Yitzhak Laor writes: "a report published on 6 September in the (right-wing) daily Ma'ariv revealed that during the first three weeks of the [second] Intifada -- before the wave of terror attacks against Israelis even began -- the IDF [Israel Defense Forces], according to Army records, fired one million bullets." ("Diary," London Review of Books, 3 October 2002). No people in history, not Indians led by Gandhi, nor South Africans led by Nelson Mandela, ever faced the kind of state violence that Palestinians face without some of them resorting to armed resistance or desperate acts of revenge. And yet today, even though killing is spiraling, and every Palestinian is subject to the intrusive, daily terror of the occupation, only a tiny number of Palestinians take part in counter-violence of any kind, let alone attacks on civilians. Meanwhile, since long before the suicide bomb phenomenon appeared, there has been a long history of non-violent activism by Palestinians defending their land and rights in the face of Israeli violence, but sadly this has been ignored by many of the same critics who now chide the Palestinians for not being more like Gandhi.
During the first three weeks of the Second Palestinian Intifada, the Israeli army -- according to its own records -- fired one million bullets.
thanks to thoughts on the eve of the apocalypse
global climate change meets archeology
Glacial melt turns up treasure
Biologist Gerry Kuzyk was hiking with his wife in the remote reaches of the Yukon when he caught the putrid scent of caribou dung wafting through the chill air.
Then he saw it -- the biggest pile of animal droppings he had ever seen, 8 feet high and stretching over a half-mile of mountainside.
Kuzyk, a researcher with the Yukon Department of Renewable Resources, knew there weren't enough caribou in the entire territory to create such an epic mound. Odder yet, there hadn't been caribou in the area for nearly a century.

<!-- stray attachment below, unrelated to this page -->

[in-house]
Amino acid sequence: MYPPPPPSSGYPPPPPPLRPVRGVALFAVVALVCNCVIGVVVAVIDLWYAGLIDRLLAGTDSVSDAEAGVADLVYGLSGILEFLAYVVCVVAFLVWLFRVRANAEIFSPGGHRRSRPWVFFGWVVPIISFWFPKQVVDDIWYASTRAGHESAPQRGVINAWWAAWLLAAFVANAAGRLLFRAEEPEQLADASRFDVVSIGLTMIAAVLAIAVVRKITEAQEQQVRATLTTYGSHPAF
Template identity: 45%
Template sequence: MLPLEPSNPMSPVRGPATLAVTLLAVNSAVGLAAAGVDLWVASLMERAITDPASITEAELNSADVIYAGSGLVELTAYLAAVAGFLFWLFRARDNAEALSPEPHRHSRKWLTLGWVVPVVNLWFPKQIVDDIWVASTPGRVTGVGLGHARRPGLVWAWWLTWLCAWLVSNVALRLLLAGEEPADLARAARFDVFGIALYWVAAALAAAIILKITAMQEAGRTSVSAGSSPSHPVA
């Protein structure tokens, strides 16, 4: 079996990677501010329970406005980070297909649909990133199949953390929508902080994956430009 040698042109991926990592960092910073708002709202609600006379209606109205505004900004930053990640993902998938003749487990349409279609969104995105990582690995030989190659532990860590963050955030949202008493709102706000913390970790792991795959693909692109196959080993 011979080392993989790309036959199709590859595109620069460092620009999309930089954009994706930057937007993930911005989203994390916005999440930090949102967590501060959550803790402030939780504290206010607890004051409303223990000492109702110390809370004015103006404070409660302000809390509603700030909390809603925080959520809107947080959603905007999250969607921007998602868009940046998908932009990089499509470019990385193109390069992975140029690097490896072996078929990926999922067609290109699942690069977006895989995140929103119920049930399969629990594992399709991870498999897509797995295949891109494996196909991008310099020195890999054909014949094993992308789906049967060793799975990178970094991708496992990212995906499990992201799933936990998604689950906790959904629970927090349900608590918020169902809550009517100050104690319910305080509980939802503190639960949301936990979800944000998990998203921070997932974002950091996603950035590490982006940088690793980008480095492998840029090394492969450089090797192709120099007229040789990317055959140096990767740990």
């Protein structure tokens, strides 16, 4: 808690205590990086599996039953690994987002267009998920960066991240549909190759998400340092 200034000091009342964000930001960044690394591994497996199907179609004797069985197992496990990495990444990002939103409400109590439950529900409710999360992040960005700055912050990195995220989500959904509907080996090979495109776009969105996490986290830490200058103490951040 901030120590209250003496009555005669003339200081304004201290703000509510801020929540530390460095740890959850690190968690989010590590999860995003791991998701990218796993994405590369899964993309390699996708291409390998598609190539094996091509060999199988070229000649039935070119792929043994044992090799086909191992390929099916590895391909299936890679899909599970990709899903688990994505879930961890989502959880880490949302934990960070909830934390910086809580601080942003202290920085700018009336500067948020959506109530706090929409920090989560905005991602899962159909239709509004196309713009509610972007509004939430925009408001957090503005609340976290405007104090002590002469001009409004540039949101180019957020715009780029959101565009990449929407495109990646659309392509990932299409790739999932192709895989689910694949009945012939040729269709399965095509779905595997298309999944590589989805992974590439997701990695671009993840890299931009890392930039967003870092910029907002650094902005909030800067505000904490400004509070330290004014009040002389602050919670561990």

"It was like being in the `Twilight Zone,' " said Rick Farnell, a colleague who helped investigate the find. "You could see them from a distance -- big, black bands of feces. I'm talking tons of it."
The mystery was solved by lab analysis: The dung, the product of innumerable migrating caribou herds, had been frozen for thousands of years and only recently exposed by melting ice.
Along with the dung, the scientists soon discovered an arsenal of Stone Age darts, arrows and spears.
thanks to MetaFilter
All you young whippersnappers probably have not given much thought to what were used for calculators prior to the wonderful electronic devices that we have today. No, we didn't use marks on clay tablets. There were wonderful mechanical devices that did calculations. Friden and Marchant were the big names. I remember playing on a Marchant in my dad's office very much like this one.
I was involved in sports car rallys in the late 60s and this was the calculator of choice.
Mechanical marvels from an age lost in the mists of time. That would be about 35 years ago.
state of the union
Atlantic Magazine has an interesting issue with a series of articles on the state we're in. It looks like the web site version of this is incomplete and that we will have to purchase the dead tree version to get the full report.
thanks to Cursor
Many thoughtful articles by many thoughtful people but they may have missed a teensy detail...
Here's a good bet: Young, good-looking, hip and upcoming policy wonks aren't going to bite the hands that feed them.
If a public policy group holds a conference or a press briefing in Washington, D.C. that is sponsored by big corporations, then the discussion will barely mention big corporations, their role in causing the problems, or solutions that might adversely affect those big corporations.
You can take it to the bank.
Case in point:
This week, at the National Press Club, the Atlantic Monthly Magazine and The New America Foundation co-sponsored an event titled, "What is the Real State of the Union?"